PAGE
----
Wednesday, January 1, 2014

My 2013 : A Year of Healthy Turmoil

2013 was a year of healthy turmoil for me. A sea of interesting events had to happen and trying to make sense of it all now is not an easy task. Nevertheless, I'll try to venture into some key areas of my life that did get affected and toss some of my own photos into the mix. We'll leave the rest of the adventures for another time.

1. Travels 

Michigan : In the early part of 2013, I was traveling to obscure parts of Indiana and Michigan in a car called Chevrolet Impala (its the best getaway car for a reason). The first day of January 2013 was spent in Brown County State Park watching the heavy snowfall.

A few days later, a long Imapala drive to Michigan along the interstates I-69 and I-75 gave me a chance to enjoy my first skiing experience at Boyne Highlands. Basically, that was 4 hours of skiing to my heart's content.  I had great fun trying to angle the skiis inward and try to balance myself. A few times, I tumbled on steep descents and I became a sorry excuse for a winter athlete.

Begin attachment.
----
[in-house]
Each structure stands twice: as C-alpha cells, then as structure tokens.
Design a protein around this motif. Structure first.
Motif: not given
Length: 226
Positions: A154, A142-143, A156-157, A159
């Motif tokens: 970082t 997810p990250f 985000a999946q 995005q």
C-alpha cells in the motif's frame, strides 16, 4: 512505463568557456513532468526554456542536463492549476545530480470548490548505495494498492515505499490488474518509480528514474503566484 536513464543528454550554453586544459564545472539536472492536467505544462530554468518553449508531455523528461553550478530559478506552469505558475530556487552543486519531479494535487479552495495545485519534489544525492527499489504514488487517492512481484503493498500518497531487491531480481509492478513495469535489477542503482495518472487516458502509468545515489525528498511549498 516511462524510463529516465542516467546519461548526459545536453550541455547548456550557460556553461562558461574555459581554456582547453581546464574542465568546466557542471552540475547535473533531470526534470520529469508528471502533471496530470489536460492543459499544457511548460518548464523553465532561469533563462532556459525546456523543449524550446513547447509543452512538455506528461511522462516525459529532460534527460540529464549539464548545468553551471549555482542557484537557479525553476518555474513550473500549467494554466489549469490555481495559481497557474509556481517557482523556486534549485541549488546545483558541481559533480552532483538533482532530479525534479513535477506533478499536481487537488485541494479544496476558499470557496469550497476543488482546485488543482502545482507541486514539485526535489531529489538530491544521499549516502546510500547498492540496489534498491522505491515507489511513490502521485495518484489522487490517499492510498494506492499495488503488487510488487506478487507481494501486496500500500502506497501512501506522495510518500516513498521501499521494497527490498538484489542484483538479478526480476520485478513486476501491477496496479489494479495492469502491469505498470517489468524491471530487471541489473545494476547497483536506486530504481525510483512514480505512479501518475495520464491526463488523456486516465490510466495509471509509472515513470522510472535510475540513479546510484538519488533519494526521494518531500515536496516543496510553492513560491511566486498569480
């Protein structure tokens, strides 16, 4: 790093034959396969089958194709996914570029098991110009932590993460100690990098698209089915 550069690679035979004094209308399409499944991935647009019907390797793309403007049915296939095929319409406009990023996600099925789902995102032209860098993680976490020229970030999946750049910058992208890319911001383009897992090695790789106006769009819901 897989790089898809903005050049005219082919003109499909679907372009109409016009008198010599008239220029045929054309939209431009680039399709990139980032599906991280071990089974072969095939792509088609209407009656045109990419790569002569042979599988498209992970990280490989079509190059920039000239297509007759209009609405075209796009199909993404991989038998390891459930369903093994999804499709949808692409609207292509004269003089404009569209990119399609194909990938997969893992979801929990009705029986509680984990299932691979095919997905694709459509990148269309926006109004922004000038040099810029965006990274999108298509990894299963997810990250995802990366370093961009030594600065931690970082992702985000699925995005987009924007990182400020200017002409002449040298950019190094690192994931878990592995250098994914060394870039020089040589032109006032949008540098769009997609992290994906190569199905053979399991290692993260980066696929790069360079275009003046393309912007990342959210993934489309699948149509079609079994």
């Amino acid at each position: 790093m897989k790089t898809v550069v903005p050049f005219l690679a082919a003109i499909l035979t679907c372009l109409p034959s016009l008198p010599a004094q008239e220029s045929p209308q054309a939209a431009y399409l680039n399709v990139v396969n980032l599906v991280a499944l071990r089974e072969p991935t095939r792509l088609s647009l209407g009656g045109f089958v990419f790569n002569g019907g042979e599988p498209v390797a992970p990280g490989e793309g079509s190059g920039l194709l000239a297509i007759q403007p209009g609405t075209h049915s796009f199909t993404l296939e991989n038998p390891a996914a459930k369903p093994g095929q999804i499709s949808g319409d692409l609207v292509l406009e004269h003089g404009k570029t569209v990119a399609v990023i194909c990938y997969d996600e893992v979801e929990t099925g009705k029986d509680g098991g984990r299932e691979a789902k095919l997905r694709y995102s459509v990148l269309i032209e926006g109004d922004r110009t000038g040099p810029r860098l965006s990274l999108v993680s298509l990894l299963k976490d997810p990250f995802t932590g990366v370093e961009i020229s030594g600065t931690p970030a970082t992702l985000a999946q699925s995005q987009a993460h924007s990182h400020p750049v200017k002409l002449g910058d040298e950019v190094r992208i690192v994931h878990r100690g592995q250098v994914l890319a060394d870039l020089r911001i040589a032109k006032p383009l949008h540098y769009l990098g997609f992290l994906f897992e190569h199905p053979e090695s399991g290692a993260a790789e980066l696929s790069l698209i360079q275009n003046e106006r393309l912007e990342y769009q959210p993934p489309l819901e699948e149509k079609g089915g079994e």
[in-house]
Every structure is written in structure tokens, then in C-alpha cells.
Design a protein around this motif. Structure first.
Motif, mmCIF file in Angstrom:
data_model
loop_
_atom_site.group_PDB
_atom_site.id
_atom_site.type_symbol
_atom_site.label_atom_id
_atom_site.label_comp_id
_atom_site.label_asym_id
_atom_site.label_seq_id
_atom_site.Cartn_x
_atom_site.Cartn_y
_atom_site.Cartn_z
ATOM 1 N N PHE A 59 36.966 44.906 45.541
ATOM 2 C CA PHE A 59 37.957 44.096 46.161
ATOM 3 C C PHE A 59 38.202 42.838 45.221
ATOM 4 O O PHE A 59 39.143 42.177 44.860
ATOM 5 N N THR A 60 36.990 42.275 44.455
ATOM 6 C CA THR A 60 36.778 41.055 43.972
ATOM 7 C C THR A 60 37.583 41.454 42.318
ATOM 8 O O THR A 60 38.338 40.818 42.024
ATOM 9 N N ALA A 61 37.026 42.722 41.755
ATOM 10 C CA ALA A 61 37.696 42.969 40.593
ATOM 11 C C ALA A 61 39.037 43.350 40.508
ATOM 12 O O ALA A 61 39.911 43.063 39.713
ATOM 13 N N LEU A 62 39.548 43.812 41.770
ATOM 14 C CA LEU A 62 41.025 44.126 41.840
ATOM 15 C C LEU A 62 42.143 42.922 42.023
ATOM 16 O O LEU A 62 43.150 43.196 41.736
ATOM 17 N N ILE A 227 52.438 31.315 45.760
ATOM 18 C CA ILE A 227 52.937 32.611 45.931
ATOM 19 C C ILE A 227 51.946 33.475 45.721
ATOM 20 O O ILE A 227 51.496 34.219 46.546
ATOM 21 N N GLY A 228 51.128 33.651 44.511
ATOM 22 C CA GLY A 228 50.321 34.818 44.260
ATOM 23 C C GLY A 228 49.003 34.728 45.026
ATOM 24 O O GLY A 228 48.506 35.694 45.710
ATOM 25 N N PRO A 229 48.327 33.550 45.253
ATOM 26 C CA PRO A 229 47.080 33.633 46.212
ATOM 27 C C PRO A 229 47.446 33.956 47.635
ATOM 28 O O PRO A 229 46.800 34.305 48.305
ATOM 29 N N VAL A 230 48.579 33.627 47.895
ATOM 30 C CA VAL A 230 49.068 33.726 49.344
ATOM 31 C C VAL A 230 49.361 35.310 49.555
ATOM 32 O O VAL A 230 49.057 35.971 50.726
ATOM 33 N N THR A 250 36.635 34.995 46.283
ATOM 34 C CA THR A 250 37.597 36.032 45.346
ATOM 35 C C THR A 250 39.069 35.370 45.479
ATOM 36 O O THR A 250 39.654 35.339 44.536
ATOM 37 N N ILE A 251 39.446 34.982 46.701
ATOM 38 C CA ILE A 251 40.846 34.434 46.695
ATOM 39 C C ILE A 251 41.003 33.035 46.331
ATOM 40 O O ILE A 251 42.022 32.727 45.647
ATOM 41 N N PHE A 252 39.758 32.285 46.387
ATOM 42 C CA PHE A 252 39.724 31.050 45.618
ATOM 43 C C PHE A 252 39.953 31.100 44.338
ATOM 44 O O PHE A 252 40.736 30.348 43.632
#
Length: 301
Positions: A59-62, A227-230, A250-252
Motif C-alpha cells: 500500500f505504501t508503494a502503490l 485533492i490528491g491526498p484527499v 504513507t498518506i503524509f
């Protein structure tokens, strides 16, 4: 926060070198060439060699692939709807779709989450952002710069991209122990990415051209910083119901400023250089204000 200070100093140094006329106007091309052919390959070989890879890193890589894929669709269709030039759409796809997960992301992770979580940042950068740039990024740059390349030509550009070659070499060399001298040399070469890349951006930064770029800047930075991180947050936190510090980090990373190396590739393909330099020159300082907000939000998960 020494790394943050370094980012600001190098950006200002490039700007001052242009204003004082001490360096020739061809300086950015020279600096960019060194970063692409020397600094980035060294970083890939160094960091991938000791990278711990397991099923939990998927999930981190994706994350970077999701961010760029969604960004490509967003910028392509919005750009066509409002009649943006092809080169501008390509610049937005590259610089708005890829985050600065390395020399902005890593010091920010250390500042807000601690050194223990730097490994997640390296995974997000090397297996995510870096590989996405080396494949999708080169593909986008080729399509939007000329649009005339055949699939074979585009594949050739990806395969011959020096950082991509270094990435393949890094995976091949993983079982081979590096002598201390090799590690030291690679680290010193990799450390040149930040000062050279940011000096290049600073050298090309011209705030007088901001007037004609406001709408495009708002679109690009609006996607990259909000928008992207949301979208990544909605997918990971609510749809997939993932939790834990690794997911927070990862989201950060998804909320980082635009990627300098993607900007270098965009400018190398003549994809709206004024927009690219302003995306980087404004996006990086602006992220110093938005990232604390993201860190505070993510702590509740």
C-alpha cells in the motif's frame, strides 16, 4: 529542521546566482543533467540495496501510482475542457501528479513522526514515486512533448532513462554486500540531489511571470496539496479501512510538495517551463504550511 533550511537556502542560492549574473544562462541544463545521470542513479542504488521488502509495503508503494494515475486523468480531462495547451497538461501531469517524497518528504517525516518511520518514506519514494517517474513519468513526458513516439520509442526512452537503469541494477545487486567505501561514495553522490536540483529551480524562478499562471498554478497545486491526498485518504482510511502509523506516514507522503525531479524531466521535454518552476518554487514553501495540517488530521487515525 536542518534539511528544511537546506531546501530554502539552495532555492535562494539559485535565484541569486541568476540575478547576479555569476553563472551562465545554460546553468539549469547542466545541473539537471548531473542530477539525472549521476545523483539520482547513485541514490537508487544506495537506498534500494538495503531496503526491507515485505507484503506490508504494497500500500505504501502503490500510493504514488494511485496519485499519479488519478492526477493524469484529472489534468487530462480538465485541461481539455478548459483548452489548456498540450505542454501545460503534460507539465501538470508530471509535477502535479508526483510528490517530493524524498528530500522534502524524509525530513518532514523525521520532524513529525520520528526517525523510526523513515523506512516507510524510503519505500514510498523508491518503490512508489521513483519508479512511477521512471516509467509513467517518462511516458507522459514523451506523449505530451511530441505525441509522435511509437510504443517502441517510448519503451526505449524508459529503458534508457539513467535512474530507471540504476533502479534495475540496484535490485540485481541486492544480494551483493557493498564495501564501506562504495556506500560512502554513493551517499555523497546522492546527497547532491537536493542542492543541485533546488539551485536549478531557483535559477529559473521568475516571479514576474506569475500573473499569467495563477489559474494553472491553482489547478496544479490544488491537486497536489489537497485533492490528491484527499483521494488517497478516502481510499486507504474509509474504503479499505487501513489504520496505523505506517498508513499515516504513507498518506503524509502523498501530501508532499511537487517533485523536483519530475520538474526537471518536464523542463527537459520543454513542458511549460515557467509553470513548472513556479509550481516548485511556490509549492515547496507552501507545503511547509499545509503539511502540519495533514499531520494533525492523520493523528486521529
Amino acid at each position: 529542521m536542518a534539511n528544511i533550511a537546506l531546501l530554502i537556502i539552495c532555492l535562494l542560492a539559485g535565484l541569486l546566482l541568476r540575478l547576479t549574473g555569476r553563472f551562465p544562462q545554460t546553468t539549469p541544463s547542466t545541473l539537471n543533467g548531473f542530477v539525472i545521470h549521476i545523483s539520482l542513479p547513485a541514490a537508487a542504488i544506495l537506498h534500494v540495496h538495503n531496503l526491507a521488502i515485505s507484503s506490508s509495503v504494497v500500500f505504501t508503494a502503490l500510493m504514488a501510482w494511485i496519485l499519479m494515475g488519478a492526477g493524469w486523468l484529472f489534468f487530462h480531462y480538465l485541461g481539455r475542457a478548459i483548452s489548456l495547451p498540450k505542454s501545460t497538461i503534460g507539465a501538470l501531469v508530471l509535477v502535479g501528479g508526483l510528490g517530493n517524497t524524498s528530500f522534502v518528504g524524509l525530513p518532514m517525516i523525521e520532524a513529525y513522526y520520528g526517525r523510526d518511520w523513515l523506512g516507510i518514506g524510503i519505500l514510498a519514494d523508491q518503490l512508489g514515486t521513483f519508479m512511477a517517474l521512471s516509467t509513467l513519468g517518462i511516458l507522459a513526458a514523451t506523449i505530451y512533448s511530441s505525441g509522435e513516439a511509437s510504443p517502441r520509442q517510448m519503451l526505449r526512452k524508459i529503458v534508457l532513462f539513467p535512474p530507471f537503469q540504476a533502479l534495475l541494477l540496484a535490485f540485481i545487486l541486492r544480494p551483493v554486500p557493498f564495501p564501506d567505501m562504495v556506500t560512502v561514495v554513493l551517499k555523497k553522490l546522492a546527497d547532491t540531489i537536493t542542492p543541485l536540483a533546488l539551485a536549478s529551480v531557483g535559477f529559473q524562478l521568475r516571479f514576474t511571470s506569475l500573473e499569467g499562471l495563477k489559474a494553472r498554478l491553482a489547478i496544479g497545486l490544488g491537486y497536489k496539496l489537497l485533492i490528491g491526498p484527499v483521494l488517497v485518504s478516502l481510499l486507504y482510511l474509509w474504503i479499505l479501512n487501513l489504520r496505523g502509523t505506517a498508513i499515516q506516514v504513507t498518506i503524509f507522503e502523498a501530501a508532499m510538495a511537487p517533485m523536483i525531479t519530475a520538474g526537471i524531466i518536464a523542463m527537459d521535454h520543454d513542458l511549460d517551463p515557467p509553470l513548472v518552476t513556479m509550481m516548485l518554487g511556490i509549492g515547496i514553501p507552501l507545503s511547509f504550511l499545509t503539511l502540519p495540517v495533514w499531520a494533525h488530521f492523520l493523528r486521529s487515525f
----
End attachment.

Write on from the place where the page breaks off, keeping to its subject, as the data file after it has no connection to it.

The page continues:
And it was so cold up there in MI that entire lakes were frozen to the core. As you can see below, this is Crooked Lake, which is so solid that you can see people actually camping for the evening on the ice. That's America.

One memorable moment was passing through a tiny town called St. Helen. Seriously, this place has just a few thousand residing there. I remember dropping into the Hen House Restaurant for a coffee after seeing a handful of snow mobiles parked outside. That night, there were a few local residents, mostly seniors sitting and chatting the cold night away. I think I alarmed everyone a bit when I asked shamelessly if there was WIFI available. "One coffee, and wifi password please...."